“I Am the Door of the Sheepfold

The Jewish leaders the Savior addressed had become like the leaders of the Jews in Jerusalem before the Babylonian destruction in 586 B.C. Those leaders utterly failed the people. Of them, the Lord said to Ezekiel: “Son of man, prophesy against the shepherds of Israel, prophesy, and say unto them, Thus saith the Lord GOD unto the shepherds; Woe be to the shepherds of Israel that do feed themselves! should not the shepherds feed the flocks?” Continuing His castigation, the Lord declared: “Ye eat the fat, and ye clothe you with the wool, ye kill them that are fed: but ye feed not the flock. The diseased have ye not strengthened, neither have ye healed that which was sick, neither have ye bound up that which was broken, neither have ye brought again that which was driven away, neither have ye sought that which was lost; but with force and with cruelty have ye ruled them.” Therefore, the Jews, like sheep “were scattered, because there is no shepherd: and they became meat to all the beasts of the field, when they were scattered. My sheep wandered through all the mountains, and upon every high hill: yea, my flock was scattered upon all the face of the earth, and none did search or seek after them” (Ezekiel 34:2-6).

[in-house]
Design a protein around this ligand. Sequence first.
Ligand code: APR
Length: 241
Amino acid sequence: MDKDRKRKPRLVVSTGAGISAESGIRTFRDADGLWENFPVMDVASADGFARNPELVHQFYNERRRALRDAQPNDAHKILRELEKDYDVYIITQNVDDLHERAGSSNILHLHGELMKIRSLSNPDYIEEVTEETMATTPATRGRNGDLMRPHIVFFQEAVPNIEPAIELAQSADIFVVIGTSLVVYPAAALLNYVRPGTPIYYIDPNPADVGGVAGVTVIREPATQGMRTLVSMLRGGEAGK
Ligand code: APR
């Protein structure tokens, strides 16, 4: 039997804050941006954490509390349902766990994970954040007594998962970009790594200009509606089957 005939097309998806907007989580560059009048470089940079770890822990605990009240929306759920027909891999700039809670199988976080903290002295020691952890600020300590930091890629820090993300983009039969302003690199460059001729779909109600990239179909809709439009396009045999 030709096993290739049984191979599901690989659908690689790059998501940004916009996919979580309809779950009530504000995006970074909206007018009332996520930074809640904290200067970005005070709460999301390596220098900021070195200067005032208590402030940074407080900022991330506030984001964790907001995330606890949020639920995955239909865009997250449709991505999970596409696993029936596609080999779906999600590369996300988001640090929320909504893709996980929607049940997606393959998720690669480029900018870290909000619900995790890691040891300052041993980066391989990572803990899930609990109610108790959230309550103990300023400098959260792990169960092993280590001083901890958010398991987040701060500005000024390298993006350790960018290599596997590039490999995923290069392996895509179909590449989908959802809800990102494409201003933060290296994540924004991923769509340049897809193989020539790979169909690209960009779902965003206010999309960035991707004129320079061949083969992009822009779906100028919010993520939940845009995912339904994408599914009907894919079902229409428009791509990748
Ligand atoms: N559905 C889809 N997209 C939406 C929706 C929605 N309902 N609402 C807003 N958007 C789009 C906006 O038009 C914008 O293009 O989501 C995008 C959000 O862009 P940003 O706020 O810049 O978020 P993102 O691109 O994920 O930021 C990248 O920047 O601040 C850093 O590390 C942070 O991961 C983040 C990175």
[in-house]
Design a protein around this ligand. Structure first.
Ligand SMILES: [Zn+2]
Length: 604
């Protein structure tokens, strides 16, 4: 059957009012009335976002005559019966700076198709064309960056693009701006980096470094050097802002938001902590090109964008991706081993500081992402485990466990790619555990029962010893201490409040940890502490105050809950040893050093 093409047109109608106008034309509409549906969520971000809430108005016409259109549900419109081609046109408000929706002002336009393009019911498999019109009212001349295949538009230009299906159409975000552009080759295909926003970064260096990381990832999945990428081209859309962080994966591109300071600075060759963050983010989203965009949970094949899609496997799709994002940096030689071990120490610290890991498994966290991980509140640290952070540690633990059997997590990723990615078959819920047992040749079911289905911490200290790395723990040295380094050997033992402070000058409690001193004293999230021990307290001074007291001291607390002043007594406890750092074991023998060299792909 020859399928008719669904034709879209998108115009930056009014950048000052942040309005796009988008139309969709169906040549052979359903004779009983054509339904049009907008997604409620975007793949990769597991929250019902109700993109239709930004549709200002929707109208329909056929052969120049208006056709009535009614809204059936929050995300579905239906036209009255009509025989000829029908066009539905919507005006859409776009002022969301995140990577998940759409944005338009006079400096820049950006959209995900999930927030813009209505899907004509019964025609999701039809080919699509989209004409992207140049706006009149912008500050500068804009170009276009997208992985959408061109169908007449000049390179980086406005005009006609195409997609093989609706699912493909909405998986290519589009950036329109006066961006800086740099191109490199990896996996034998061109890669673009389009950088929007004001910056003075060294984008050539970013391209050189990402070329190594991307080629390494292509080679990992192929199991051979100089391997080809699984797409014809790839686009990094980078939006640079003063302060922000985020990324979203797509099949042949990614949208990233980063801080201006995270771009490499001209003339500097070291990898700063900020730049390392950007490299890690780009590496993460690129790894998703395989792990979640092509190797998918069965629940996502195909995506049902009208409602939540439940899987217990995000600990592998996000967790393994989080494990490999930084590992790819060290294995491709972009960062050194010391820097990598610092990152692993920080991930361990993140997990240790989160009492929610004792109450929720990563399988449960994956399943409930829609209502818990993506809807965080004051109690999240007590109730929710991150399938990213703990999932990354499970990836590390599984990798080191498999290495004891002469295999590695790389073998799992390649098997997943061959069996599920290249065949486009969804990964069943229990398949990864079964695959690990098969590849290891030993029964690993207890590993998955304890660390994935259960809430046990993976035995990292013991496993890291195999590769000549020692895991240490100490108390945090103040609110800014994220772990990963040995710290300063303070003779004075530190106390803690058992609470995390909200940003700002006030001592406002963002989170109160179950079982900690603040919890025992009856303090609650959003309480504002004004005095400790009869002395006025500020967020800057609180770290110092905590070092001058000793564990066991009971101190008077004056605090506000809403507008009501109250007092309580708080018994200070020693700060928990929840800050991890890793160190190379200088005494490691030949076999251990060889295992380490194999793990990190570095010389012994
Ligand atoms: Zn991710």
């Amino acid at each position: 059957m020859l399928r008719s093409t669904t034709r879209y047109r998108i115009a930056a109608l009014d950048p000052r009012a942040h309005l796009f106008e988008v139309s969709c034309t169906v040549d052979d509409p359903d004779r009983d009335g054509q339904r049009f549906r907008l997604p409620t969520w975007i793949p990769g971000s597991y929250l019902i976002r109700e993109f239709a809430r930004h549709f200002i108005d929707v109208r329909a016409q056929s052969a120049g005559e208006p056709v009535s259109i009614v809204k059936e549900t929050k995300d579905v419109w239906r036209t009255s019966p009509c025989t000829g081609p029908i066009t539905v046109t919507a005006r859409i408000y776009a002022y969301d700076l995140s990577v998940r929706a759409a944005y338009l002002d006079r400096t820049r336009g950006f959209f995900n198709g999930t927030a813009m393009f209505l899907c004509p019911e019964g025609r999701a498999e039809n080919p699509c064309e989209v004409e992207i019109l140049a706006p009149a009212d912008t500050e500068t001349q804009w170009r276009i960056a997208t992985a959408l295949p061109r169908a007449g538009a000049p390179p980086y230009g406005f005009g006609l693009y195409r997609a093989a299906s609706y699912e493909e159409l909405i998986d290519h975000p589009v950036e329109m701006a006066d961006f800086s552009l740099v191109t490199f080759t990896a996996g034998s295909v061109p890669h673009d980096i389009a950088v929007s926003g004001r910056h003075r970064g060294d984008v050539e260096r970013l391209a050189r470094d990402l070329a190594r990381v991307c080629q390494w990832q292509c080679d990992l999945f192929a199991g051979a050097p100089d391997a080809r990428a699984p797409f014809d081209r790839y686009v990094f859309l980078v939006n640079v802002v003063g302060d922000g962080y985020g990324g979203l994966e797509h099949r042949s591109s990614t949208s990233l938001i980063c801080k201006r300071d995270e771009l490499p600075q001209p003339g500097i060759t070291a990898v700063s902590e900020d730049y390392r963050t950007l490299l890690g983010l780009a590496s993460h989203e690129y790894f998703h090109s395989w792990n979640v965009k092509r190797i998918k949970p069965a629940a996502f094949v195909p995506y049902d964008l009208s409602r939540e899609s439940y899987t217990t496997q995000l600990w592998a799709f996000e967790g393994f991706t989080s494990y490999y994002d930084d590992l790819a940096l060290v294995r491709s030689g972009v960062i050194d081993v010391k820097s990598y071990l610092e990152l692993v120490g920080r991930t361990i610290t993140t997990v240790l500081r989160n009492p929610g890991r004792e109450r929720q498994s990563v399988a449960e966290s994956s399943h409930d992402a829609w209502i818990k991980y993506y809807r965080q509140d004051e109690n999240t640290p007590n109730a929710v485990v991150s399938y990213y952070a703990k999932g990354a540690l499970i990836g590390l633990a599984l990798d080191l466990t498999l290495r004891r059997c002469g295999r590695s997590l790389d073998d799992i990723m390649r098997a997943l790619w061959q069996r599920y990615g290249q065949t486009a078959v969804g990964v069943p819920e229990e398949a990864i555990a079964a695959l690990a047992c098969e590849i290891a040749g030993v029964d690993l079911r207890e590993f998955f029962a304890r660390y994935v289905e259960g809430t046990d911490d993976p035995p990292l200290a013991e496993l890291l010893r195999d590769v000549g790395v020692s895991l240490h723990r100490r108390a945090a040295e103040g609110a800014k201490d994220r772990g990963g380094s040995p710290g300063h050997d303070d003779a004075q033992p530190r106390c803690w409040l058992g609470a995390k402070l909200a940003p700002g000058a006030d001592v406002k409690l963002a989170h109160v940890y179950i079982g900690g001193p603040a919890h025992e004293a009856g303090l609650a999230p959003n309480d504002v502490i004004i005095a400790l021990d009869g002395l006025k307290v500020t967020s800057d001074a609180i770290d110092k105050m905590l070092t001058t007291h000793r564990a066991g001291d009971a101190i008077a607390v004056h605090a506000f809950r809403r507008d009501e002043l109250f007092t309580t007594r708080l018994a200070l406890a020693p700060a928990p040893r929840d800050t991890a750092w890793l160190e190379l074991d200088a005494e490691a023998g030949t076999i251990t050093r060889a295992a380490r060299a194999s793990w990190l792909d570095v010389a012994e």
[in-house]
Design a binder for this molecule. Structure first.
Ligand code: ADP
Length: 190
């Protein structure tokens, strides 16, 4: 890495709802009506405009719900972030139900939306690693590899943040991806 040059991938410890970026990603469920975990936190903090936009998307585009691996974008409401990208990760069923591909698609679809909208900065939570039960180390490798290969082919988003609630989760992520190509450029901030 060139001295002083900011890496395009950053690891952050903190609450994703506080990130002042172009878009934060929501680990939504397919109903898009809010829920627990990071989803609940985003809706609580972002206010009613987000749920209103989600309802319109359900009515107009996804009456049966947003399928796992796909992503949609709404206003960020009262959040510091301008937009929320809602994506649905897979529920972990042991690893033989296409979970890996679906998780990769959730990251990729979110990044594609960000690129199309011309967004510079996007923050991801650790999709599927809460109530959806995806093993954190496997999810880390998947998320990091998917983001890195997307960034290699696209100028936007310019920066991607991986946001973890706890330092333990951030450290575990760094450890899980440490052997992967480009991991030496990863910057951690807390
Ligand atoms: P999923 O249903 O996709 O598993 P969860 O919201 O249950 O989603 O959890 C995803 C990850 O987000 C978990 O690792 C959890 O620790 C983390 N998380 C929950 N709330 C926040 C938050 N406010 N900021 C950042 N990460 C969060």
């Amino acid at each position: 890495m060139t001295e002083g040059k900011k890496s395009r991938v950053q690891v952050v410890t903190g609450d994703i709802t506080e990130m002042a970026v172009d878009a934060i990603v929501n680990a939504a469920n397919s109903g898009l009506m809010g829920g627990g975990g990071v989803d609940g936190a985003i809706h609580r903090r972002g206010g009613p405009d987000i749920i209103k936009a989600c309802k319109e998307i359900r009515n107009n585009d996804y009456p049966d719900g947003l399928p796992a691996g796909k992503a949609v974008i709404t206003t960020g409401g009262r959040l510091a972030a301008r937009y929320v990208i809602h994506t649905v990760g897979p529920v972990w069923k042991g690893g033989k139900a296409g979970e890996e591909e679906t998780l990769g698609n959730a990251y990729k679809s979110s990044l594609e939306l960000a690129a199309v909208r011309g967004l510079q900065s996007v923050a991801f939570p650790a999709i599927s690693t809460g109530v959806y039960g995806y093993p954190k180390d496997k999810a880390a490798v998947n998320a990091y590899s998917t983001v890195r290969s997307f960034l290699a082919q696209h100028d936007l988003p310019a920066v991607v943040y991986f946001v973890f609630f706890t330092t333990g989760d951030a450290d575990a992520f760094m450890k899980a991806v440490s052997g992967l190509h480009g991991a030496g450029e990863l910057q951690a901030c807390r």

The Jewish leaders in the time of Christ were no better. In John 10, the Savior reproached the negligence of the Jewish leaders. He began by offering a parable: ” Verily, verily, I say unto you, He that entereth not by the door into the sheepfold, but climbeth up some other way, the same is a thief and a robber.

“But he that entereth in by the door is the shepherd of the sheep.

“To him the porter openeth; and the sheep hear his voice: and he calleth his own sheep by name, and leadeth them out.